Recording bird of prey sightings across Scotland is set to take a major step forward thanks to a new app being developed in conjunction with grouse moors and gamekeepers.

The app, which uses the EpiCollect5 platform developed by Imperial College London, is currently being trialled by gamekeepers and landowners.

Use of the new technology follows the successful introduction of the phone app for mountain hare counting which has enabled data to be reported from estates directly to the lead research organisation for the species, the Game & Wildlife Conservation Trust. Summary data can then be shared with Scottish Natural Heritage (SNH). Data collected on mountain hares demonstrated there were around 35 times more hares on grouse moors compared with unmanaged upland habitat.

It is hoped that data from the new app will contribute to an authoritative reflection of raptor presence on moorland managed for grouse.

Keepers and land managers using the app can record species such as eagles, hen harriers and buzzards and log photographs and behaviours of the birds and the time they are spotted.

Scientists from the Game & Wildlife Conservation Trust are discussing this data and protocols with SNH, whose own research has identified the potential value of land managers’ sightings of species and the need to share this information.

Estates have engaged independent researchers who have recorded scores of bird species on their land but a gap remains for the majority of moors to record raptor sightings in real time.

Research has shown that some populations of raptors such as buzzards are at very high levels and populations of golden eagles in Scotland have reached their highest consistent numbers since the early 20th century.

Researchers and land managers involved in developing the new app said it could transform the way biodiversity and species is recorded on estates.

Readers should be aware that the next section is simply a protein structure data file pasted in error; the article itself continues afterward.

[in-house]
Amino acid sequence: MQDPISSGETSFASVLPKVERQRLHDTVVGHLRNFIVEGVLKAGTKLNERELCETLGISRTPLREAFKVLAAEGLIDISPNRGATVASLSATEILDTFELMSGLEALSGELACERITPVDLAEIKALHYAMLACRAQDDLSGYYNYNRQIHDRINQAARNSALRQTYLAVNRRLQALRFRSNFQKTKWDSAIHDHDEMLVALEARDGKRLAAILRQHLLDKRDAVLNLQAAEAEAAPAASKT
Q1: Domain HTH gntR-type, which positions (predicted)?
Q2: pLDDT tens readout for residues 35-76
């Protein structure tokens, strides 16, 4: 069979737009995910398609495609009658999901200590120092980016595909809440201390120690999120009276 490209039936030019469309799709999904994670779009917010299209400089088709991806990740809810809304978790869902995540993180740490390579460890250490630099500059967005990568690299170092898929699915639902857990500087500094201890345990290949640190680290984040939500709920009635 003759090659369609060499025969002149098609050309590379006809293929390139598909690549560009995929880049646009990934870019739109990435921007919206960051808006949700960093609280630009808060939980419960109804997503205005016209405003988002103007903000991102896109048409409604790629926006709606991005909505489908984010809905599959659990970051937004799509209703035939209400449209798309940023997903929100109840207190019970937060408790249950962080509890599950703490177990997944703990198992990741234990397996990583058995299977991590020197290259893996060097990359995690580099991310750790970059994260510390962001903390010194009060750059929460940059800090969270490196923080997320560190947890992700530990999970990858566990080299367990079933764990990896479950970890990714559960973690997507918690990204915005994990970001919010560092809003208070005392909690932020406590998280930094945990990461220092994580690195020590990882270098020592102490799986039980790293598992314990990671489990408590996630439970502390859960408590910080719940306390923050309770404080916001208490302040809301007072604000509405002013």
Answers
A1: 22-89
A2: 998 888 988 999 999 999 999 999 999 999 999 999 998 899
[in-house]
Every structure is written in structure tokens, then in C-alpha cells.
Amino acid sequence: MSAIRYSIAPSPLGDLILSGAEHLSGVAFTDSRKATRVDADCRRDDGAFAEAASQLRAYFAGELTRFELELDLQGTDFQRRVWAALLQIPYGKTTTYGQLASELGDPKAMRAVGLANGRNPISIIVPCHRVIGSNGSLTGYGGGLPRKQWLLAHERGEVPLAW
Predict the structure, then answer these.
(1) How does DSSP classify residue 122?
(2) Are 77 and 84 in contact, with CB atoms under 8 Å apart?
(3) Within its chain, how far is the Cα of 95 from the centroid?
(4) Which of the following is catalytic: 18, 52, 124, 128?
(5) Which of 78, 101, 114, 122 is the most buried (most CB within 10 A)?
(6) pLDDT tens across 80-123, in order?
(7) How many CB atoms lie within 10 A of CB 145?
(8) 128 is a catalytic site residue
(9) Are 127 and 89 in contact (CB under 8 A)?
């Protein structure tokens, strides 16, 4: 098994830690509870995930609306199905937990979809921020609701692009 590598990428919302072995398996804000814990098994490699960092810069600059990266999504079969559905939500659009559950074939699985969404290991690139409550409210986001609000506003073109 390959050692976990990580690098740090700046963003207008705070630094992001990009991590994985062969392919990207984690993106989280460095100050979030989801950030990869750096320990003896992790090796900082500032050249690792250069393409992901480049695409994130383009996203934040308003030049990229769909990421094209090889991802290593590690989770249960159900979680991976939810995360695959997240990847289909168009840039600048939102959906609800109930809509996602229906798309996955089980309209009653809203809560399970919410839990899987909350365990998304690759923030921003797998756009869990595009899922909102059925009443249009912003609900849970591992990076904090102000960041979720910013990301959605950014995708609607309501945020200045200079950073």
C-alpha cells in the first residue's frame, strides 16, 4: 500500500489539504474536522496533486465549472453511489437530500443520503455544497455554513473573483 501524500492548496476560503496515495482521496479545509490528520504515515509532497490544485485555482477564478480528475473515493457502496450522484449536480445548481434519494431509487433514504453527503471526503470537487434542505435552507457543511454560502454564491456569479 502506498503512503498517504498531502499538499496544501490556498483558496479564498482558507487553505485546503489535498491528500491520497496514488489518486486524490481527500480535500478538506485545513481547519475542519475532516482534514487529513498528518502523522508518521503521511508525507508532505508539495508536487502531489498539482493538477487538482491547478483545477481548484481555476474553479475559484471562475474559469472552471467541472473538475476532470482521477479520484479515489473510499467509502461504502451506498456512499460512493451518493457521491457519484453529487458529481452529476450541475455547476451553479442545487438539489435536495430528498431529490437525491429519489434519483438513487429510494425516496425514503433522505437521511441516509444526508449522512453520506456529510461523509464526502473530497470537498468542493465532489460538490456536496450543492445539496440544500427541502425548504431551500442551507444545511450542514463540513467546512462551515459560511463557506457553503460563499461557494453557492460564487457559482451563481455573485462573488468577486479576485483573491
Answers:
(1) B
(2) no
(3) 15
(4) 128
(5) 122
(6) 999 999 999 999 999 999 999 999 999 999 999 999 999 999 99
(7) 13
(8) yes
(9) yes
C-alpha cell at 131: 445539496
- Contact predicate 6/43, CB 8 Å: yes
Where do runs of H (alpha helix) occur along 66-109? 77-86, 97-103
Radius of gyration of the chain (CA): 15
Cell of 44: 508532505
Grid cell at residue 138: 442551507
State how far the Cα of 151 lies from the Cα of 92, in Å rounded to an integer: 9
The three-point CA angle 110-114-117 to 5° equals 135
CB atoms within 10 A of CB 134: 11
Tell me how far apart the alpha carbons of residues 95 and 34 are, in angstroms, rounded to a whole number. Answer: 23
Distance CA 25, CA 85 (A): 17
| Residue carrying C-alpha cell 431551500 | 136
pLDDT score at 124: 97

Ross Macleod, of the Game & Wildlife Conservation Trust, said:
“Whatever form of land management we are involved in, the production of evidence to demonstrate best practice is vital. That is why we are trialling data collection through the new app. This will allow land managers and surveyors we work with to let us know which and how many birds of prey are present on moorland managed for grouse.

“As we have seen from the new methodology for mountain hare counts, and the accompanying app to go with it, gamekeepers and land managers are keen to ensure that information is gathered to show the range of wildlife on moorland. This can only be positive at a time when evidence-led policy is more crucial than ever.”

Dee Ward, owner of Rottal Estate (near Kirriemuir), which is trialling the app, said:
“Those of us who work on moorland managed for grouse see a wide range of birds of prey on a daily basis. Despite this, there has often been a challenge in accurately reporting these sightings which has been problematic at a time of significant policy debate around grouse moors.

“The app has the potential to transform the data we can collect on raptors and it has been met with real excitement from across the sector. The Werritty Report into grouse moor management has called for an improvement in the populations of certain raptors on grouse moors and we believe this technology will help ascertain what we have already and help encourage greater numbers in future.”

Garry MacLennan, Head Keeper at Invermark Estate, from the Angus Glens Moorland Group, said:
“Keepers have raptors around them on the moors day in and day out. Grouse moors have many raptors – a fact that critics find very difficult to recognise. Using this app will help us prove that far from being raptor deserts, moors are places where raptors thrive alongside other species.”

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